Zero trust strategy insights

Never trust, always verify with a zero trust security model

In this era of evolving business models, shifting workforce dynamics, cloud adoption, and increased device and connectivity complexity, many organizations are prioritizing the adoption of the zero trust security model. A zero trust strategy for cybersecurity provides the opportunity to create a more robust and resilient security, simplify security management, improve end-user experience, and enable modern IT practices.

Deloitte’s Zero Trust framework

A Zero Trust model is built upon strong foundational capabilities across five fundamental pillars: users, workloads, data, networks, and devices. Data protection is the goal and is represented centrally in our framework. Organizations should have an understanding of what data exists, the classification and criticality of that data, who and what should be able to access that data, the mechanisms by which that data should be accessed, and the appropriate security controls to protect it – both at rest and in transit.

Deloitte Zero Trust Sales Sheet

What is zero trust security model?

A zero trust strategy brings with it a set of design principles that guide security architecture development and build on existing security investments and processes. To enforce access control, companies must have situational awareness of their data and assets; companies that lag on basic cyber hygiene principles and practices may be challenged to realize the full benefits of zero trust. Fundamentals include:

  • Data discovery and classification. Data governance, inventory, classification, and tagging are critical. To create the appropriate trust zones and access controls, organizations need to understand their data, the criticality of that data, where it resides, how it is classified and tagged, and the people and applications that should have access to it.
  • Asset discovery and attack-surface management. Many organizations lack a real-time, updated inventory of all IT resources—including cloud resources, IP addresses, subdomains, application mapping, code repositories, social media accounts, and other external or internet-facing assets—and therefore can’t identify security issues across the complete attack surface. To facilitate risk-based policy decisions surrounding their assets, it’s critical for organizations to understand the enterprise IT environment.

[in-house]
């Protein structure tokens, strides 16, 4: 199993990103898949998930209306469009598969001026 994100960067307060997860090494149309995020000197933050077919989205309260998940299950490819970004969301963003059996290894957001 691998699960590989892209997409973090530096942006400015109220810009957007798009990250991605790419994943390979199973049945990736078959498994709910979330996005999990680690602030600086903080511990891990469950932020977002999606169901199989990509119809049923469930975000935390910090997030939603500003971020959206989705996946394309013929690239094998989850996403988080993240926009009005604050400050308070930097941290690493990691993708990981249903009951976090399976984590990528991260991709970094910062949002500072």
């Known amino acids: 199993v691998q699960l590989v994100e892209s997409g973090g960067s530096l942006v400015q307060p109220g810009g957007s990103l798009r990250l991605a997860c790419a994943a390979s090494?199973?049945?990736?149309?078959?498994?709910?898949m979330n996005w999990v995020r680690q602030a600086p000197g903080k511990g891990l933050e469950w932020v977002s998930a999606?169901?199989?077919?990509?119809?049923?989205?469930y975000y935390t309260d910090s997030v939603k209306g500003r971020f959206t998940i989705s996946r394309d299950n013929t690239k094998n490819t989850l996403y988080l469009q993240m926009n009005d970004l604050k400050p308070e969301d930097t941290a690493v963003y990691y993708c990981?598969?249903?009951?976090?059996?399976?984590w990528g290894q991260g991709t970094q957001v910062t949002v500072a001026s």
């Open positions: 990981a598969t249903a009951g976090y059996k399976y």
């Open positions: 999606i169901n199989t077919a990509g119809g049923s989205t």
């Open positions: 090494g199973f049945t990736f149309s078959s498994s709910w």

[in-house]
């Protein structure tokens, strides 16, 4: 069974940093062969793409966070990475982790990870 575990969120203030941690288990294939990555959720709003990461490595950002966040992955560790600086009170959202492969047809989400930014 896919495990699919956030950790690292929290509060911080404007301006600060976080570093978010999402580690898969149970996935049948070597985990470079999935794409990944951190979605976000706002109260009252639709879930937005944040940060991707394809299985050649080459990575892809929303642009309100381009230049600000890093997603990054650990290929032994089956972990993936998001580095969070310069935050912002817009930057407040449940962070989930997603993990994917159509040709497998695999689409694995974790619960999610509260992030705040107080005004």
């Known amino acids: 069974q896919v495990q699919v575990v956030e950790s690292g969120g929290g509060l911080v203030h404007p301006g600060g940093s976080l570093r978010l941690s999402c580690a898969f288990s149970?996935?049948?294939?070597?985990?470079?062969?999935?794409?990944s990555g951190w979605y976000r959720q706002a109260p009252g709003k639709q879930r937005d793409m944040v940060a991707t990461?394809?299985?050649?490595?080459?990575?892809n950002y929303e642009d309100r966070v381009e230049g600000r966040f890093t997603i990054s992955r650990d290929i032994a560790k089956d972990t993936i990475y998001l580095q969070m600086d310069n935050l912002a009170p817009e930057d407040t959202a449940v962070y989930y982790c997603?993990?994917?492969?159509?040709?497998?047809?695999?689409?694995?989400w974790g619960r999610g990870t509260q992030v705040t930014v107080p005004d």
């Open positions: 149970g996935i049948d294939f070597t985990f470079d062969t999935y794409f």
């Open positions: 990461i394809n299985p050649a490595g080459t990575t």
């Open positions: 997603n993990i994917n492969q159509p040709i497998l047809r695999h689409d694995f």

• Configuration and patch management. Without the ability to efficiently manage and document baseline configurations of key technology systems, deploy appropriate patches, test patched systems, and document new configurations, companies cannot easily identify changes and control risks to these systems. Malicious actors can exploit any vulnerabilities to gain a foothold within an organization.
  • Identity and access management. To ensure that access to technology resources is granted to the proper people, devices, and other assets, enterprises need to standardize and automate their identity life cycle management processes. They can extend their operations beyond traditional boundaries while protecting critical resources and maintaining an efficient user experience by moving the identity stack to the cloud, consuming identity-as-a-service, or implementing such advanced authentication methods as physical biometrics, behavioral monitoring, and conditional access.
  • Third-party risk management. To fully understand their entire risk surface, organizations need greater visibility into cyber risks related to their supply chains and ecosystem partners, including suppliers to third-party vendors.
  • Logging and monitoring. To identify potentially malicious incidents and issues, security teams need automated logging and monitoring systems with advanced AI and machine learning capabilities to help simplify the process of tracking, analyzing, and correlating data from volumes of detailed logs as well as alerts generated by internal and external systems, security controls, networks, and processes.

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Benefits of zero trust security model

A zero trust architecture may overcome common challenges of traditional cybersecurity approaches by leveraging new capabilities and opportunities to close gaps and become more agile and efficient. Potential benefits of zero trust include:

  • Ubiquitous security. When users, devices, resources, and their related data are identified and isolated, intrusions that may occur can similarly be isolated to prevent lateral movement and limit the potential blast radius. Such an environment requires a high degree of automation and orchestration, resulting in a more secure, resilient, and integrated environment. This compares with a traditional, perimeter-centric approach to security where layered but siloed defenses can be pierced to expose the internal environment and potentially put the entire organization at catastrophic risk.
  • Evasive target. The fully integrated, dynamic approach under zero trust can protect the organization regardless of where connections originate. This makes the organization more difficult to target than one whose infrastructure is easily identified by adversaries.
  • Increased visibility. Analytics such as anomalous detection, machine learning, AI, and real-time data inventory and cataloging can enable organizations to gain broader, real-time visibility into their threat landscape. This deployment of active defense technologies can overcome the limited visibility that is more common, where organizations may identify threats only as they hit the perimeter.
  • Predictive. Organizations can anticipate adversary movements and initiate pre-emptive action more proactively than with traditional defenses, which are more reactive in nature.

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